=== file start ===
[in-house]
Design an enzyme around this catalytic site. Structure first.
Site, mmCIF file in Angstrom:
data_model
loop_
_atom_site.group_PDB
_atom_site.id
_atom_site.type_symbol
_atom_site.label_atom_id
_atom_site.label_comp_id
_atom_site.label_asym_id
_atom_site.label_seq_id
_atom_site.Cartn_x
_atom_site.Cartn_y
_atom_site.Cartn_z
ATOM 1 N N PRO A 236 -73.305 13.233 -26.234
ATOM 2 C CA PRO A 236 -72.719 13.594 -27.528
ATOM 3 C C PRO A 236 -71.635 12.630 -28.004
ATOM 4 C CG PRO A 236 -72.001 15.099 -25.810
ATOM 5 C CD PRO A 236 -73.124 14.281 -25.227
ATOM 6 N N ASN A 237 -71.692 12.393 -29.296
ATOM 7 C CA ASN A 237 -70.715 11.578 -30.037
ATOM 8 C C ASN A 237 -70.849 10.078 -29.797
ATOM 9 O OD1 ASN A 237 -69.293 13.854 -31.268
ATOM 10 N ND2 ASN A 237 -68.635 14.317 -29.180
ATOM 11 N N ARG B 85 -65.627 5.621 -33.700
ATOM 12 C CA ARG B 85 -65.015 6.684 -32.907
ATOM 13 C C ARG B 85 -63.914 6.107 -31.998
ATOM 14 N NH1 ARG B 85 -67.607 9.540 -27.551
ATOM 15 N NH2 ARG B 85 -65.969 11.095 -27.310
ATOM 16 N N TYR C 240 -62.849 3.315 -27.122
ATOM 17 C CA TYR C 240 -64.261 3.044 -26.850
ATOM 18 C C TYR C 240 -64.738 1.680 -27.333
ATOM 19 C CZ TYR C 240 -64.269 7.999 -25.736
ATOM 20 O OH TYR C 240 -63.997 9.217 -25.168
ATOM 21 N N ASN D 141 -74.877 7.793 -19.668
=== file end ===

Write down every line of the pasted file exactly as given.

[in-house]
Design an enzyme around this catalytic site. Structure first.
Site, mmCIF file in Angstrom:
data_model
loop_
_atom_site.group_PDB
_atom_site.id
_atom_site.type_symbol
_atom_site.label_atom_id
_atom_site.label_comp_id
_atom_site.label_asym_id
_atom_site.label_seq_id
_atom_site.Cartn_x
_atom_site.Cartn_y
_atom_site.Cartn_z
ATOM 1 N N PRO A 236 -73.305 13.233 -26.234
ATOM 2 C CA PRO A 236 -72.719 13.594 -27.528
ATOM 3 C C PRO A 236 -71.635 12.630 -28.004
ATOM 4 C CG PRO A 236 -72.001 15.099 -25.810
ATOM 5 C CD PRO A 236 -73.124 14.281 -25.227
ATOM 6 N N ASN A 237 -71.692 12.393 -29.296
ATOM 7 C CA ASN A 237 -70.715 11.578 -30.037
ATOM 8 C C ASN A 237 -70.849 10.078 -29.797
ATOM 9 O OD1 ASN A 237 -69.293 13.854 -31.268
ATOM 10 N ND2 ASN A 237 -68.635 14.317 -29.180
ATOM 11 N N ARG B 85 -65.627 5.621 -33.700
ATOM 12 C CA ARG B 85 -65.015 6.684 -32.907
ATOM 13 C C ARG B 85 -63.914 6.107 -31.998
ATOM 14 N NH1 ARG B 85 -67.607 9.540 -27.551
ATOM 15 N NH2 ARG B 85 -65.969 11.095 -27.310
ATOM 16 N N TYR C 240 -62.849 3.315 -27.122
ATOM 17 C CA TYR C 240 -64.261 3.044 -26.850
ATOM 18 C C TYR C 240 -64.738 1.680 -27.333
ATOM 19 C CZ TYR C 240 -64.269 7.999 -25.736
ATOM 20 O OH TYR C 240 -63.997 9.217 -25.168
ATOM 21 N N ASN D 141 -74.877 7.793 -19.668